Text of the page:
Arrive with your appointment notice, government-issued identification, and any additional documents requested. Plan to arrive early to allow time for security checks. Bring all required documentation organized in a folder or binder for easy access.

Documentation

Essential documents include marriage certificates, financial documents, proof of residency, and any other evidence supporting your green card application that may also be listed on your appointment notice. Ensure all documents are original or certified copies unless otherwise specified. Organize them in a logical order to facilitate a smooth review by the officer.

Questioning

The USCIS officer will ask questions to verify the accuracy of your application and assess the legitimacy of your case. Questions may cover personal background, relationship history if applying based on marriage, employment details, and other relevant information. Be prepared to provide clear, concise, and truthful answers.

Biometrics

Though you likely had them done already, the officer may take your fingerprints and photographs as part of the biometrics process. This is a routine procedure to verify your identity and background. Ensure your hands are clean and free of any substances that might affect fingerprint quality.

Medical Examination

Your medical examination results will be reviewed to ensure you meet the health requirements for a green card. The examination must be conducted by a USCIS-approved doctor, and you should bring the completed Form I-693. Ensure all medical documents are up-to-date and properly sealed.

Responses

Provide clear, honest, and concise answers to all questions posed by the USCIS officer. Avoid providing unnecessary information or elaborating beyond what is asked. Maintain a calm and respectful demeanor throughout the interview.

Decision

The officer may inform you of their decision at the end of the interview or indicate that further review is needed which is the typical procedure. If additional information or documentation is required, you will receive instructions on how to provide it. Be prepared for either outcome and follow any additional steps promptly.

Can Adjustment Applicants Travel Outside the Country?

Traveling abroad while your green card application is pending can be complex and requires careful planning. Here’s a detailed overview of what you need to know and the steps to take:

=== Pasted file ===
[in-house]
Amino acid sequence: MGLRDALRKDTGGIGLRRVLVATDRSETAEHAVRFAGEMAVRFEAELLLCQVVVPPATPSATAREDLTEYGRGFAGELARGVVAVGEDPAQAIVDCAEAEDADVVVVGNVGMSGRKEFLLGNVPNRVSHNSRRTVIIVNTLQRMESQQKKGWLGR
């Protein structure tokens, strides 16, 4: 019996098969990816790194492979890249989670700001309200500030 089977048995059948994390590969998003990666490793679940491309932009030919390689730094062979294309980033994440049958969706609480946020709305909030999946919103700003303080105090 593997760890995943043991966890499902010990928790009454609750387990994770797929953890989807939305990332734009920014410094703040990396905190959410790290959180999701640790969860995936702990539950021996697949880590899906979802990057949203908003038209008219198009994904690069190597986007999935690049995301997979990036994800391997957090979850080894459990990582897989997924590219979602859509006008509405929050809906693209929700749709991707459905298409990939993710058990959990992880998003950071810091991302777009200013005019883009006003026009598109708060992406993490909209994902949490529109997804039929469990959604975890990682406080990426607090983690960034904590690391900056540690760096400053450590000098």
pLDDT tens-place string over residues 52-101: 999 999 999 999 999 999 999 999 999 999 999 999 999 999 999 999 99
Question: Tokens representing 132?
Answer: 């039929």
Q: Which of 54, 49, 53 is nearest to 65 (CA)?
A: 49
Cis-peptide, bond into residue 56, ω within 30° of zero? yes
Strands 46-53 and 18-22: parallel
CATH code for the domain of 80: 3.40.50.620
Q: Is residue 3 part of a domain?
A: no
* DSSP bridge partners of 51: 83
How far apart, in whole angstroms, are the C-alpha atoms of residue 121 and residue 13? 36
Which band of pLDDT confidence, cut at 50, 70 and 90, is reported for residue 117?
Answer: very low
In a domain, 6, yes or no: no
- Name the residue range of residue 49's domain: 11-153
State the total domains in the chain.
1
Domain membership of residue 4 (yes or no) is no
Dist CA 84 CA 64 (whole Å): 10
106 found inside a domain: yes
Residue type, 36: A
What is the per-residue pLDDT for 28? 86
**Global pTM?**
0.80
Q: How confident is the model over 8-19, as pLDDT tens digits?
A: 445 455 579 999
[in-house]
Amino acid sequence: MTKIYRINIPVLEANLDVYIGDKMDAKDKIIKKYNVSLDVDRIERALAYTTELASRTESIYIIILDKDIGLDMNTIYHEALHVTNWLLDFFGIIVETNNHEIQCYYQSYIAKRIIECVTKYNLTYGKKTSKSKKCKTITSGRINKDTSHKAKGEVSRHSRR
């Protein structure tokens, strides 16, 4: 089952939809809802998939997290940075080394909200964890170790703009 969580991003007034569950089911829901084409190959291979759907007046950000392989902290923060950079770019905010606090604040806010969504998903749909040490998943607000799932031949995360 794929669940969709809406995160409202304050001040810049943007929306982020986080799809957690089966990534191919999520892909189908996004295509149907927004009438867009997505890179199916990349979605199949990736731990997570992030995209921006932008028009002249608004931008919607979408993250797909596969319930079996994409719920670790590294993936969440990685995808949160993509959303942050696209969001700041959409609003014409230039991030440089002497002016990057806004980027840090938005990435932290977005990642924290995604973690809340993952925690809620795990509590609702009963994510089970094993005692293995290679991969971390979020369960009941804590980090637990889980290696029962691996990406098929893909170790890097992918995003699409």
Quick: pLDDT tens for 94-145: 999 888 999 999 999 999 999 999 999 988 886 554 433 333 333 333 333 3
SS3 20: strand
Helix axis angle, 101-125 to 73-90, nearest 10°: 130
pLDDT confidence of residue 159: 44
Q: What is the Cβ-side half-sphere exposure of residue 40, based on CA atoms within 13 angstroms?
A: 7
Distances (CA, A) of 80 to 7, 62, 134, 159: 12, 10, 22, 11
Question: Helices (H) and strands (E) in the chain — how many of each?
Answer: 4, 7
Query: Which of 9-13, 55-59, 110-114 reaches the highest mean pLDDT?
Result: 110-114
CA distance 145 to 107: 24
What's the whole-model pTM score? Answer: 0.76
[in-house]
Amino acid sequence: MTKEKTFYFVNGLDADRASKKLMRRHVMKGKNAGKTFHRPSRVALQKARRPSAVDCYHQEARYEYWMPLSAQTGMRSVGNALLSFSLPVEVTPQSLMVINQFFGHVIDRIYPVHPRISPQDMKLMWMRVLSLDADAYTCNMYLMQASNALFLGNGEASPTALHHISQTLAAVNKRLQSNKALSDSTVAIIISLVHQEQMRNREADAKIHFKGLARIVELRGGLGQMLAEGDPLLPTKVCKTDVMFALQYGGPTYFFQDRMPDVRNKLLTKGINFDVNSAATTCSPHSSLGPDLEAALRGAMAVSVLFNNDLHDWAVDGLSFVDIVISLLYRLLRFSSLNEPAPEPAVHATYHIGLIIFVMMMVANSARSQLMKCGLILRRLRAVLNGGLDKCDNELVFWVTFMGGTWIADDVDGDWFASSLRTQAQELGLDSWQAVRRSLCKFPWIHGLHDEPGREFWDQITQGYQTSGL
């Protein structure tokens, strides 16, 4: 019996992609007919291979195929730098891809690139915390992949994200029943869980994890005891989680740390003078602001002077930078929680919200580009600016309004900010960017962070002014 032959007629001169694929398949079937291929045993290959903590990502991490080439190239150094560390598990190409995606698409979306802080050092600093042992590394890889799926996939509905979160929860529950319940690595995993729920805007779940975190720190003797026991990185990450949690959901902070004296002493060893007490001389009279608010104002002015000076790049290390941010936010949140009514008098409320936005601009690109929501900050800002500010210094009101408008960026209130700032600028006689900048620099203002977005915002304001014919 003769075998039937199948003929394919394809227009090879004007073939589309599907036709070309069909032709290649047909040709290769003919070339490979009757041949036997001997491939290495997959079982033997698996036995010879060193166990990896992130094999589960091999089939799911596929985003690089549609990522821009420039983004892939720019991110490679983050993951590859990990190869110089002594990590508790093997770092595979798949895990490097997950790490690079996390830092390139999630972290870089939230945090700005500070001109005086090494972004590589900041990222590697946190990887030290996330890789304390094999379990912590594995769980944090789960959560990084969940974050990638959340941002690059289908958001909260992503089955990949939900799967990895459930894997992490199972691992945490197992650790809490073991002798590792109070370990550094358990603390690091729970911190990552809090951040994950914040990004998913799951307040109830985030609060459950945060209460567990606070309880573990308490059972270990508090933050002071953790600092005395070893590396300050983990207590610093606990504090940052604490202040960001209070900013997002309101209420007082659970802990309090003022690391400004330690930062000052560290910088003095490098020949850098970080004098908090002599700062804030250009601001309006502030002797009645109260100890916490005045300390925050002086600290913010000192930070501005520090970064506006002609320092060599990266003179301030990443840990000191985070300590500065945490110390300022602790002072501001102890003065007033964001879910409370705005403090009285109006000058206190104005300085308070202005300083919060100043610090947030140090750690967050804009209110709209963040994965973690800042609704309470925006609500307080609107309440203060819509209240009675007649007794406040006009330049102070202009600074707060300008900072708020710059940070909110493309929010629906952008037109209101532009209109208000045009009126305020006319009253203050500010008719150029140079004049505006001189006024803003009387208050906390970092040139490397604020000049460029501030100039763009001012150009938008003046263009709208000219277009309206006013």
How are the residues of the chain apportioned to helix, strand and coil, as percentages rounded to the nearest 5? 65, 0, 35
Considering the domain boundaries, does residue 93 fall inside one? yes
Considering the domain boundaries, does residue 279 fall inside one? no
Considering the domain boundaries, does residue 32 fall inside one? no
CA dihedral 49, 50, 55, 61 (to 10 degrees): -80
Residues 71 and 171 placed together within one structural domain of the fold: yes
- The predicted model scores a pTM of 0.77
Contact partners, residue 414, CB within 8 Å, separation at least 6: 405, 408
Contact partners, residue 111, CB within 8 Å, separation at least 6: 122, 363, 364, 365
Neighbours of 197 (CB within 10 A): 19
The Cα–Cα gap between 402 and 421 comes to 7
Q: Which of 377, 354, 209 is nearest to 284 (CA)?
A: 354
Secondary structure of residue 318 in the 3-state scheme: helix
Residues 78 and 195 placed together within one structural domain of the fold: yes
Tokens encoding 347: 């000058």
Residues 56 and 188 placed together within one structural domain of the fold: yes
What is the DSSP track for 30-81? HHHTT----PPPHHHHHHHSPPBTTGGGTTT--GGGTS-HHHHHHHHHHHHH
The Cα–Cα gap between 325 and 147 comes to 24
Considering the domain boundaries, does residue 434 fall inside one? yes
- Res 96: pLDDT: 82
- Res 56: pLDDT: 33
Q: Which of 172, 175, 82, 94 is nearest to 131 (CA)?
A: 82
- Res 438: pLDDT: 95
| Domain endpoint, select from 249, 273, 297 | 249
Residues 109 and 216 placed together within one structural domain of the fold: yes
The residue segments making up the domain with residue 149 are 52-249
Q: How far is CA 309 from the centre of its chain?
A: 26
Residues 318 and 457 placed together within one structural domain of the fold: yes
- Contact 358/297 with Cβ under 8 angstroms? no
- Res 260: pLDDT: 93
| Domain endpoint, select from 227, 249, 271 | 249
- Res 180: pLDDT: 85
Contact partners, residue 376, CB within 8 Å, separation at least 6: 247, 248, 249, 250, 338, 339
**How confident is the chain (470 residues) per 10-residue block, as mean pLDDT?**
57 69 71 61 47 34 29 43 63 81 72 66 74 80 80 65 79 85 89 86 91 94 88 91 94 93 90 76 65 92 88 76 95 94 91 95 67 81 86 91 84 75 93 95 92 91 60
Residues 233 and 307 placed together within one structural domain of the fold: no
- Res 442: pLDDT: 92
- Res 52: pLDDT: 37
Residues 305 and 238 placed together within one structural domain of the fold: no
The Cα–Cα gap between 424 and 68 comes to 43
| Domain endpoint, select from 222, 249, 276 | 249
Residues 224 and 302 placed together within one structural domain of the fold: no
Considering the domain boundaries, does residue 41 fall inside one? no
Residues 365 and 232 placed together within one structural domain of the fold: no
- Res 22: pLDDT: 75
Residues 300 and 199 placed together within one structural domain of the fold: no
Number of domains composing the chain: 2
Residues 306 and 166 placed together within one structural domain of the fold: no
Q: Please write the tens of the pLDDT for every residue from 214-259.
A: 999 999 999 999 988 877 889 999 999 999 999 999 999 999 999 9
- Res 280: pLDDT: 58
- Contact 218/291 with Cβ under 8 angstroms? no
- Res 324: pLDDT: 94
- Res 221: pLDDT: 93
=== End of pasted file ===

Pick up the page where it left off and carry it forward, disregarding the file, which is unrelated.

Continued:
Understanding the Travel Restrictions

  1. Advance Parole Requirement: Generally, if you leave the U.S. while your green card application (Form I-485) is pending, your application may be considered abandoned unless you have obtained Advance Parole. Advance Parole is a travel document that allows you to re-enter the U.S. without jeopardizing your pending green card application.
  2. Applying for Advance Parole: To secure this document, you must file Form I-131, Application for Travel Document, with USCIS. It is advisable to submit Form I-131 simultaneously with your I-485 application to avoid delays. The processing time can vary, so plan accordingly.
  3. Emergency Travel: If an emergency necessitates travel before you obtain Advance Parole, consult with an immigration lawyer. In some cases, it is possible to expedite the process by providing documentation of the emergency.

Practical Steps to Follow

  1. Check Your Eligibility: Confirm that you are eligible for Advance Parole. Certain applicants, such as those in removal proceedings or who have violated their immigration status, may face restrictions.
  2. Submit Form I-131: Fill out Form I-131 accurately and include supporting documents, such as a copy of your I-485 receipt notice, passport photos, and proof of the need to travel (if applicable).
  3. Await Approval: After submitting your application, wait for USCIS to process and approve it. Avoid making non-refundable travel arrangements until you have received your Advance Parole document.
  4. Travel with Documentation: If you receive Advance Parole, carry it along with your valid passport when traveling. Ensure you return to the U.S. within the validity period specified on the document.

Important Considerations

  • Non-immigrant Visa Holders: If you initially entered the U.S. on a non-immigrant visa (such as a tourist visa) and later applied for a green card, consult with a Green Card attorney to navigate potential issues related to intent and visa compliance.
  • Timelines and Deadlines: Be mindful of the timelines for both your Advance Parole application and your green card process. Missing deadlines or being abroad when USCIS requests additional information or schedules an interview could complicate your case.
  • Legal Advice: Given the complexities involved, seeking legal advice tailored to your specific situation can prevent potential pitfalls and ensure that you remain compliant with immigration laws.

By following these steps and understanding the underlying reasons, you can manage your travel plans without jeopardizing your green card application.

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Reach out to our La Verne Green Card Lawyers Immediately

SSD Law Firm PC stands out as your go-to immigration lawyers in La Verne, offering strategic legal guidance and support. Our Green Card immigration lawyers are dedicated to providing a seamless experience with a free consultation and thorough case evaluation tailored to your needs and within your own language (English, Espanol, Punjabi, Hindi, Urdu, Lao). We understand the nuances of immigration law and are committed to helping you achieve your American dream with clear, informed, and compassionate legal representation. To get your case started, contact our Green Card Lawyer La Verne Department now.